Joe Client is 45, male, a non-tobacco user, and his health suggests a standard rating. He calls two agents and they both agree to “run some numbers” for him. Joe wants to max fund a policy with $1000/month for 15 years then stop paying and when he’s 66 (year 21) start pulling out cash as policy loans. Agent A comes back to Joe with an illustration*** that shows Joe being able to pull out ~$61,000/year income tax-free for life. Agent B comes back with a fancy illustration of her own but it only shows a ~$46,000/year income tax-free for life cash flow. Which policy is better? Fair warning: This is a trick question!
Well the answer of course is “C” – it’s the exact same product from the same company!
What happened is Agent A showed Joe the default rate settings in his carrier’s illustration software. Agent B changed the defaults to show a more conservative outcome. She explains, “You see even though the actual 25 year look back rate for the S&P 500® Annual Point-to-Point Index Strategy is 8.2% I feel better with a slightly lower rate, 7.5%. The last 25 years have been historically really good. Who knows what the next 25 year period will look like. Right now the carrier is offering a 4.4% variable interest rate on loans. That just seems low. Heck it is low by any historical benchmark! Is it really sustainable for the life of this contract? I just feel better with a 5% rate. What’s right? I don’t know. I just feel better showing my clients some more conservative numbers. I believe in good surprises and like it when the policy is over delivering on what we put in the illustration.”
She smiled, “my clients tend to like that better, too!”
Now what was Agent A thinking? Was he lazy, inexperienced, putting his best foot forward, or really just more bullish on the future? It could be any and/or all of those reasons or something else. It doesn’t mean he’s necessarily a bad agent, particularly if he explained what the assumptions are in his illustration or model and how he got to them.
What happened to Joe? Fortunately for Agent B, she happened to be presenting after Agent A and was pretty quick on her feet. Agent B was able to pull out her laptop and with a few keystrokes show Joe how Voila! her proposal looked identical to Agent A’s.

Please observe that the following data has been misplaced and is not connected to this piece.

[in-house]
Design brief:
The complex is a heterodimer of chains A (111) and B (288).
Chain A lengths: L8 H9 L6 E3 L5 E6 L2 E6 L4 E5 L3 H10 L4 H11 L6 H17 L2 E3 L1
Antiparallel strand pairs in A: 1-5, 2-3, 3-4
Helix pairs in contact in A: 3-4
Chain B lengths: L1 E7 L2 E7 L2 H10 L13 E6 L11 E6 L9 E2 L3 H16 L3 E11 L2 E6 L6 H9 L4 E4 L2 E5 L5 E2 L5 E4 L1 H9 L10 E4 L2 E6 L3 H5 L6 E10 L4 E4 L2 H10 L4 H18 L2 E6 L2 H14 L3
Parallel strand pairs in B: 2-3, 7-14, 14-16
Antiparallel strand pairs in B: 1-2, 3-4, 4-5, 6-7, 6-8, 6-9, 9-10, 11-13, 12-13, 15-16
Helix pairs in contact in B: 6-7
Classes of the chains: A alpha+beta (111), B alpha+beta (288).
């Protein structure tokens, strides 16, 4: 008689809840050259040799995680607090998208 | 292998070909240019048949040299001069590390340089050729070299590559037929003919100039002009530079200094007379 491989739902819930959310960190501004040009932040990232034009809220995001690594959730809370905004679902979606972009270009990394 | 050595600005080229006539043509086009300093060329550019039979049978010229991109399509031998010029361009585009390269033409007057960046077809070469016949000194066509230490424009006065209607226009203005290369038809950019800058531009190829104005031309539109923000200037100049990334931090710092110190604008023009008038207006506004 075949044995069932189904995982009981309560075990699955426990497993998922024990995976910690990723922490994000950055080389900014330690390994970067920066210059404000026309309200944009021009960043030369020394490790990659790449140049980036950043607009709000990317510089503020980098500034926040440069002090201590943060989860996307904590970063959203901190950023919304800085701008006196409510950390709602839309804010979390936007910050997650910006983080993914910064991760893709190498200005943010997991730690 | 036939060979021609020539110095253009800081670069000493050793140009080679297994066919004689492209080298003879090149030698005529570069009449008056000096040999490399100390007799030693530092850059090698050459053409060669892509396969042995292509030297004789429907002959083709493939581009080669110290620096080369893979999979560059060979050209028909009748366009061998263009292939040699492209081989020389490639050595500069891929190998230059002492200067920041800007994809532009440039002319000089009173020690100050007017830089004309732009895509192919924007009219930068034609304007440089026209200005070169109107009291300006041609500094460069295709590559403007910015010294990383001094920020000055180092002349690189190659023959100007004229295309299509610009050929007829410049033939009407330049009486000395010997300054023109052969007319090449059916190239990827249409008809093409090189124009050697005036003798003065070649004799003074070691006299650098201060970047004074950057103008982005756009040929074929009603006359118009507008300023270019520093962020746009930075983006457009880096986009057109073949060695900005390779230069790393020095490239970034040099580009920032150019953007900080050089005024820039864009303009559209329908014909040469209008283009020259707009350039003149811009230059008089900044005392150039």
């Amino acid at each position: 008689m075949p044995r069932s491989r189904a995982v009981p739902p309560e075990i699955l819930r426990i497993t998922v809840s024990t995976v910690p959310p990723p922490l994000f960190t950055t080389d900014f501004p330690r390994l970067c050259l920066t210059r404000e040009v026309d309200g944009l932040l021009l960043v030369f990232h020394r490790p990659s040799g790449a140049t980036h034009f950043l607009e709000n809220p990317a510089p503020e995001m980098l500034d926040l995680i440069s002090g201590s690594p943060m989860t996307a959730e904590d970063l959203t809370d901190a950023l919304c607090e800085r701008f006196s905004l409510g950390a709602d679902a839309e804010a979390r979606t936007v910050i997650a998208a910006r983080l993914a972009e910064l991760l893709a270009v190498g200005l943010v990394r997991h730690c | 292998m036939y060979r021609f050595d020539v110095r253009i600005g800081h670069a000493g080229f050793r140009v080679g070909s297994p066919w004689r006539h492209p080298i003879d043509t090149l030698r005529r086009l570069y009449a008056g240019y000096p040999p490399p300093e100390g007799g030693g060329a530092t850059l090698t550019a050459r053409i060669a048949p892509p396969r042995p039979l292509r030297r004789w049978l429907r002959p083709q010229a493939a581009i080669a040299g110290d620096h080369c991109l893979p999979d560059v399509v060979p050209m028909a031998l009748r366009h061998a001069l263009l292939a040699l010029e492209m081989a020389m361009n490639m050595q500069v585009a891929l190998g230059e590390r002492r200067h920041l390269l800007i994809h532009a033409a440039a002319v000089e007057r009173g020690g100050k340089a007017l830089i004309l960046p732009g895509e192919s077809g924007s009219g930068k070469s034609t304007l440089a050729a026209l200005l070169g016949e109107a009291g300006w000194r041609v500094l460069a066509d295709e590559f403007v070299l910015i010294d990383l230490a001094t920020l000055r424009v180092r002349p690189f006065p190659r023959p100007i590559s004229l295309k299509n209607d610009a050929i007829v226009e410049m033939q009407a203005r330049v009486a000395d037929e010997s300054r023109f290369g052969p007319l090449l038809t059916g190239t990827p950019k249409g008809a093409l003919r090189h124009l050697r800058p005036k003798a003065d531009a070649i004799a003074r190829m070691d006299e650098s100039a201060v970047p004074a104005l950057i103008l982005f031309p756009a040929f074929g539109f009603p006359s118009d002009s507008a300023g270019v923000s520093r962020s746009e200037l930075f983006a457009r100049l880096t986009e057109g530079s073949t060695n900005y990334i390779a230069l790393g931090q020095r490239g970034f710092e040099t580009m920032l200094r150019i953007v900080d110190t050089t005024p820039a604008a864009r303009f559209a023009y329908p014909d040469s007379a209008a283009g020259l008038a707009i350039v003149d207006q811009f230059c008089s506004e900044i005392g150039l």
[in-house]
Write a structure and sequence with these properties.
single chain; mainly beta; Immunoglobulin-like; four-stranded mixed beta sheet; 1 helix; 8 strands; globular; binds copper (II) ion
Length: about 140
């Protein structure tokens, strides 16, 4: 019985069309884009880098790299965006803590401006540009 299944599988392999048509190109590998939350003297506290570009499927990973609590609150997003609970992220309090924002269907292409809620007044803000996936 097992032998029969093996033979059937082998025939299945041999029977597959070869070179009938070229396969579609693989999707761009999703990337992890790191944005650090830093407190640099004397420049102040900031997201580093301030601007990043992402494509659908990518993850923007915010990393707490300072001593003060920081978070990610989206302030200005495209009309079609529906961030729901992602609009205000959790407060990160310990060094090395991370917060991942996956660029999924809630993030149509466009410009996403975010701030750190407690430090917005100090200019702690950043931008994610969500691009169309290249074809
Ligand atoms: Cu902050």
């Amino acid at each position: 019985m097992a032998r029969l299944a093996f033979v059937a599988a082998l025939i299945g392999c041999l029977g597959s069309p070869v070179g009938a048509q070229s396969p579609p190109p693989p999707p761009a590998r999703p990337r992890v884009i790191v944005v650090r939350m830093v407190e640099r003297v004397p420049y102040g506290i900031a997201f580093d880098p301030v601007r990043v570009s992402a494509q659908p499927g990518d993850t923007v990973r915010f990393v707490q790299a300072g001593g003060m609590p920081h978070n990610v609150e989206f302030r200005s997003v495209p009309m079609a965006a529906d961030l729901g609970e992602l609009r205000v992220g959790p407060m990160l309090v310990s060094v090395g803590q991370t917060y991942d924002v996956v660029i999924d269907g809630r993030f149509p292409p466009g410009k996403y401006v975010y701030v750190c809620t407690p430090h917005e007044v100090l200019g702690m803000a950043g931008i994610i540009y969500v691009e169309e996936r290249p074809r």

Now who did Joe go with? Who knows….this is just a made up story…(although the numbers are real numbers I pulled off of a leading carrier’s illustration software this evening.) I think most savvy clients would like to think they’d go with Agent B, but in real life things are rarely this clean. Did the Agent B catch you on a bad day and you weren’t really engaged with what she was sharing with you? Was there a preexisting relationship with one of the competing agents or did they come as a referral? (Sometimes a referral, well-intended as it may be, isn’t always a good thing. Maybe your brother-in-law got a great rate on a term life policy from Agent A and gives you his number but Agent A’s understanding of IUL is surface deep at best…is that who you want to go with?) Did one of the agents give a flashier presentation or dress better or tell better jokes or root for your football team or have a cooler website or any of a bunch of other things???
At the end of the day the answer is you want to find and work with an agent that you feel you can trust and who can explain in relatively plain English the assumptions behind the policy he is recommending. You want to work with a financially strong carrier (the actual insurance company that is responsible for the promises made in the policy contract) that has a reputation for maintaining favorable terms in the non-guaranteed elements of its contracts. (Yes, many things like index participation rates and caps are not guaranteed and you should be comfortable with that. If you aren’t you probably shouldn’t be considering an IUL policy). The reality is the numbers in illustrations can be gamed, either by agents or carriers.
***Illustration – so what is an “Illustration”??? Basically it is the term for the document that your agent must give you in its entirety either at the time of application or at policy delivery. It is usually long (20+ pages) and boring to read. There is a lot of good, important stuff in them and they really should be read but the reality is most people don’t. Inside the illustration there will be some financial projections like cash values. All of the statements you’ll hear like, “this policy may deliver xyz…” are in the illustration. (This is not to be confused with the policy contract itself, which is also long and boring but important to read.) The only thing that is certain is the illustration will be wrong. Your actual results will either be more favorable or less favorable than what is in the illustration. You will either put more/less money into the policy, take more/less money out of the policy, have higher/lower interest credited to your policy, and be charged higher/lower interest on policy loans than what is illustrated. More important than the numbers in your illustration is that you understand how your policy works and the key assumptions behind it.